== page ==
Nearly everyone that walks through the house these days comments on the mirrors in the bathrooms. So here’s a rundown of how we created them.
Eve had found a glass tile that she loved, but we couldn’t find a good way to incorporate it into the tile scheme for the guest bathroom. So I said that I thought we could use it to frame a mirror. I tried to make a tile frame for a magnetic whiteboard for our house in Knoxville, which worked, but I knew that I could come up with a better design for this version. With my first attempt, I simply glued a cheap whiteboard to a sheet of cement board, then thinset some of the leftover backsplash tile around the edge.
I have been using the Schluter Systems profiles to finish tile edges and I am a big fan of them. I usually keep a catalog and price list around the house for reference, and I was thumbing through it when I stumbled on the Rondec-Step stair nosing profile. That’s when I had a brainstorm. I could use the metal to hide the edge of the tile substrate and give everything a clean finished look. So I ordered some in this brushed gold color to match the hardware in the bathroom.
The next thing I needed was something to mount the metal profile and tile against. Enter Kerdi-board. This is another Schluter product that is basically a dense foam panel covered with a fleece membrane. Tile can be thinset directly to the fleece and it sticks great. Plus the foam stays flat over time, which can’t be said of plywood. The only problem is that the thick panels I needed only come 24-1/2 inches wide and my mirror frame was larger than that. I was worried that gluing the panels edge-to-edge would create a big weak spot, so I opted to build up the thickness by making a sandwich of three layers of the 1/2-inch thick board.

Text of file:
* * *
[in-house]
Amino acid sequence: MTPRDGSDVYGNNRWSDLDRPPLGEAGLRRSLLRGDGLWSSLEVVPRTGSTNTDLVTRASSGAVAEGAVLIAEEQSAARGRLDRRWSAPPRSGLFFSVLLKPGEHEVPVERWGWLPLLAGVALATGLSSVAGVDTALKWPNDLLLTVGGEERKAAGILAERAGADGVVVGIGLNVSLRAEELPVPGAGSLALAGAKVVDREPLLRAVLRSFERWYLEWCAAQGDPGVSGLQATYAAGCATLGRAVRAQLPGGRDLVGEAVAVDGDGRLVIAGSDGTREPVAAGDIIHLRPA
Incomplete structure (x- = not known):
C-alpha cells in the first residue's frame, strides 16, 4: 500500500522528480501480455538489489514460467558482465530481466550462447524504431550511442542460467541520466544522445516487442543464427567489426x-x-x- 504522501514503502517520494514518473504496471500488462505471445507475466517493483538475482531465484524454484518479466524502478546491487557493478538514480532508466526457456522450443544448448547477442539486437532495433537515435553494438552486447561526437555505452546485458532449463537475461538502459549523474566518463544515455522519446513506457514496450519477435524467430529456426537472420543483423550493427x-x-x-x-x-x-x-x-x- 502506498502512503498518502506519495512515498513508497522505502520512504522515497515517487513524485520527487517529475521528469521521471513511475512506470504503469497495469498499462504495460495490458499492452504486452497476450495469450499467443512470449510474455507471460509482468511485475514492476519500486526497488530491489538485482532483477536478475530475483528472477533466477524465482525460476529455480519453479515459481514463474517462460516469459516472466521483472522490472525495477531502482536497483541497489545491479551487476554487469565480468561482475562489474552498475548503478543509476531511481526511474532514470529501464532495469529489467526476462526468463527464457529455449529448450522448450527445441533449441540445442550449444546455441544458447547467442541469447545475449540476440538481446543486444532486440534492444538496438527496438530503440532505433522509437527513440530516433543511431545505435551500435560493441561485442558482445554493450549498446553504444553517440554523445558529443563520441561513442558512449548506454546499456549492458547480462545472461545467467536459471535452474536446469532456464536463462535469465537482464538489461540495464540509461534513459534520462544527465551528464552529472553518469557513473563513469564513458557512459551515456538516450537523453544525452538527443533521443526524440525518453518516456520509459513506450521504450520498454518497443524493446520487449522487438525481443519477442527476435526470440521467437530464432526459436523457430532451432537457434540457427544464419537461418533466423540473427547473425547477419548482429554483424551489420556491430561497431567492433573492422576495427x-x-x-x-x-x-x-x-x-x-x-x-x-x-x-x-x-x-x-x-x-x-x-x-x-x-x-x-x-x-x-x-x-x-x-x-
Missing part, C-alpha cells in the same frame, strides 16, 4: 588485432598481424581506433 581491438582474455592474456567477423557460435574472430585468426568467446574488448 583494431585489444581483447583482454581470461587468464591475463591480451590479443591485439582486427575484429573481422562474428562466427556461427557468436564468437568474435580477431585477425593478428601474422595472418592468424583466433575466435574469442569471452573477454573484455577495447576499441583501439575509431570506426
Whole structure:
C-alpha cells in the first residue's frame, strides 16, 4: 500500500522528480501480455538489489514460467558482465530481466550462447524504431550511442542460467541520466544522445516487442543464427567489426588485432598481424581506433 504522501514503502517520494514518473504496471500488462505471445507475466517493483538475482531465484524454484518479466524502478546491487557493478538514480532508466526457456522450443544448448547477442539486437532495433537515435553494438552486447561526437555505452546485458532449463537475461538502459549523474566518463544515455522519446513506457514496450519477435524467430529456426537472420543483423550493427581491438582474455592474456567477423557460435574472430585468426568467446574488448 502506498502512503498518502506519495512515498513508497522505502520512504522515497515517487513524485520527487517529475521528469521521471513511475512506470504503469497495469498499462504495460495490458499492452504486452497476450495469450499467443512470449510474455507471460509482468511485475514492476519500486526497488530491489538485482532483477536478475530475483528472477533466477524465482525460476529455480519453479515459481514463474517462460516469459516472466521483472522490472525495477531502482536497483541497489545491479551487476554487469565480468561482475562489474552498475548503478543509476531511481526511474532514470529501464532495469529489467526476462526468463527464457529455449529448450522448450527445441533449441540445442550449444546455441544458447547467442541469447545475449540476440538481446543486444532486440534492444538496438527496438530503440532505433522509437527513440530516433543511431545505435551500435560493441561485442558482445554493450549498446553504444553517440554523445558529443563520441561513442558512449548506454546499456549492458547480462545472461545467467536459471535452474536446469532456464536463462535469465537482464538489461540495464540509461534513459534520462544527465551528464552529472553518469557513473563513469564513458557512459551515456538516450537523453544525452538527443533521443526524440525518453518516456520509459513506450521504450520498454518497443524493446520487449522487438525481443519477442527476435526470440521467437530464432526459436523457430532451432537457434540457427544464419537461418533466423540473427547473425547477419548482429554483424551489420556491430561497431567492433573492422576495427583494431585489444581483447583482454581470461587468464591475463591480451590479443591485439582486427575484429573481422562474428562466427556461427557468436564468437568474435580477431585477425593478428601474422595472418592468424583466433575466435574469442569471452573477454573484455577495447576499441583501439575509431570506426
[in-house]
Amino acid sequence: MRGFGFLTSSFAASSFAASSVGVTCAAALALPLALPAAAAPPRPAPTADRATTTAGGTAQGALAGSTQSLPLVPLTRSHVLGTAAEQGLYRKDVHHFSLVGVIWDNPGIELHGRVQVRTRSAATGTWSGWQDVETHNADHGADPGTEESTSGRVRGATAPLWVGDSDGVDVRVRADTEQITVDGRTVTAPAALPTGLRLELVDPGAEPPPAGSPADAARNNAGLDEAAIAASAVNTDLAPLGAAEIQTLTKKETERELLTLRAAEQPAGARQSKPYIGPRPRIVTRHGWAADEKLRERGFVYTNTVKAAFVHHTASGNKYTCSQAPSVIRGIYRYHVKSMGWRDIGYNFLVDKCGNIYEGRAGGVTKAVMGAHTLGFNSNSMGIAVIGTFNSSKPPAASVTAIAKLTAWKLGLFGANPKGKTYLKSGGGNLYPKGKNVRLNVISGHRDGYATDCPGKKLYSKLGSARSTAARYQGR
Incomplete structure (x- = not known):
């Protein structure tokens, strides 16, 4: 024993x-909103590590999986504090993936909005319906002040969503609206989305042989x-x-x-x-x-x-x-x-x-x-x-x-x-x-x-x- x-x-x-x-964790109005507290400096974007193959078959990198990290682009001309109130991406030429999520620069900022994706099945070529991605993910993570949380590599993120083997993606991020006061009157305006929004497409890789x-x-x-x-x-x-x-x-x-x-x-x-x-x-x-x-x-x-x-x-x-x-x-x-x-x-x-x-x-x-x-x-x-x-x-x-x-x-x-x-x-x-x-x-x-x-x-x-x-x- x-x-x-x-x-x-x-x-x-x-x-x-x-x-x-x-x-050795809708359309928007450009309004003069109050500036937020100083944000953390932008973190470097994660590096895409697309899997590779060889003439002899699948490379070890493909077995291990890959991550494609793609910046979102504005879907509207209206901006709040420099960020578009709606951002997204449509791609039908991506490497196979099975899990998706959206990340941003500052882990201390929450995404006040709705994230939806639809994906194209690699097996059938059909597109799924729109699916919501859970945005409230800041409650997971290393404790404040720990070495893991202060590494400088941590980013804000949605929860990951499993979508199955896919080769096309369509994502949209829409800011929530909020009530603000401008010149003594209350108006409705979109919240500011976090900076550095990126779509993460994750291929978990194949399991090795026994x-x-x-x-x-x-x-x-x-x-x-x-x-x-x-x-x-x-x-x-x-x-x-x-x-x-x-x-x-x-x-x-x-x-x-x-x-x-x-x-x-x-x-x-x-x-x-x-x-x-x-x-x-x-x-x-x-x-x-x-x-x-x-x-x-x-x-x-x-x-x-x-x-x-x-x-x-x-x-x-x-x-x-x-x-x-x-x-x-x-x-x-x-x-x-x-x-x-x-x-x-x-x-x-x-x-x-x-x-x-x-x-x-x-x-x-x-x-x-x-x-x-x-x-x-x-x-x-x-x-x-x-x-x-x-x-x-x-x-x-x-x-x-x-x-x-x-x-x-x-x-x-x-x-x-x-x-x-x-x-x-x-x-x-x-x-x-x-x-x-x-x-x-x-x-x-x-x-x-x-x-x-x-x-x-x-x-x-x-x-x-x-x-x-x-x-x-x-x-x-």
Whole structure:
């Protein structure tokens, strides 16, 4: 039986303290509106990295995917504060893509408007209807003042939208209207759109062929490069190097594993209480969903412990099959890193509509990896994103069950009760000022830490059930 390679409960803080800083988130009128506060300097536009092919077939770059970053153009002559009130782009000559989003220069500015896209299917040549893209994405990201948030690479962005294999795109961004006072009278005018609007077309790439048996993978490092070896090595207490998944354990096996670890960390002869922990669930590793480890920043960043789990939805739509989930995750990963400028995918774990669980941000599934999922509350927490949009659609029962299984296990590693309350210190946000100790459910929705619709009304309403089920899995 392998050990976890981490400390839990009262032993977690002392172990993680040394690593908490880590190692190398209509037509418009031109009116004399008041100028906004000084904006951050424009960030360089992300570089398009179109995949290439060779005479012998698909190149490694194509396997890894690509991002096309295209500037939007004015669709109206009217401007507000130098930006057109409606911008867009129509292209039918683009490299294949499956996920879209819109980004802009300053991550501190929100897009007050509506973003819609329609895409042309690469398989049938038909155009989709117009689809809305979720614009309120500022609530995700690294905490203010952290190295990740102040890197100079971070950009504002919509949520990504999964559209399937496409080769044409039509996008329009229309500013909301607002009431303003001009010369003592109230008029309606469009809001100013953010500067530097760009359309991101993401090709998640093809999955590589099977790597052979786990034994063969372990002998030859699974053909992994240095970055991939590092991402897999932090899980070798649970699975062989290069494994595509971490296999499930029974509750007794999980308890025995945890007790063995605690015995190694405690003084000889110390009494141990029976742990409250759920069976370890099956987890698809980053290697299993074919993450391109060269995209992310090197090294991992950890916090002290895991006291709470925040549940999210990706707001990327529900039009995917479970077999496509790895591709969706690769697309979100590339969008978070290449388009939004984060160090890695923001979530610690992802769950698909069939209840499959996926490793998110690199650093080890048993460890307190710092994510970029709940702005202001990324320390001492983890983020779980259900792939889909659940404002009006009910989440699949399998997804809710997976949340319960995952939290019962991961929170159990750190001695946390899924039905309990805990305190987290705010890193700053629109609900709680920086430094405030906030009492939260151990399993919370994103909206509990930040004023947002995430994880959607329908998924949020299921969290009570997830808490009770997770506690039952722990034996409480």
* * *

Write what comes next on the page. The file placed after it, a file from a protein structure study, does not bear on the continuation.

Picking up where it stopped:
Luckily I was able to pick up two damaged 4-ft x 8-ft sheets from my local dealer at a major discount, which helped keep my overall costs down. Then I ripped some strips to build up the edges of the frame. Because this was purely for decoration and had no structural necessity, I glued up the pieces with 3M High Strength 90 spray adhesive. It’s basically a contact cement that forms a permanent bond. I tested it out on some scraps and it held fast so I went with it.
Even though the assembly was relatively light, I opted to use a French cleat to mount it to the wall. By building up the thickness in 1/2-inch increments, I could simply use a piece of 1/2-inch plywood to make the cleat and everything fit perfectly without any math. I mounted with french cleat with more spray adhesive and also with a few screws. I used some leftover plaster washers to prevent the screws from pulling through the foam.
Because there was no predetermined size, I laid out the tile first, then made the frame to fit so I wouldn’t have any cuts in the fragile glass tile. This worked well and I was able to do a herringbone pattern at the corners of the mirror.
Once everything was set and grouted. I ordered a beveled glass mirror from my local glass shop that was an 1/8-inch smaller in both directions, so I would have a nearly invisible 1/16-inch gap all the way around the mirror. I used PL520 Mirror Adhesive to mount the mirror to the foam and it held great. Then all that was left was to mount the other half of the cleat to the wall and hang the mirror.
We’re super happy with the way it turned out.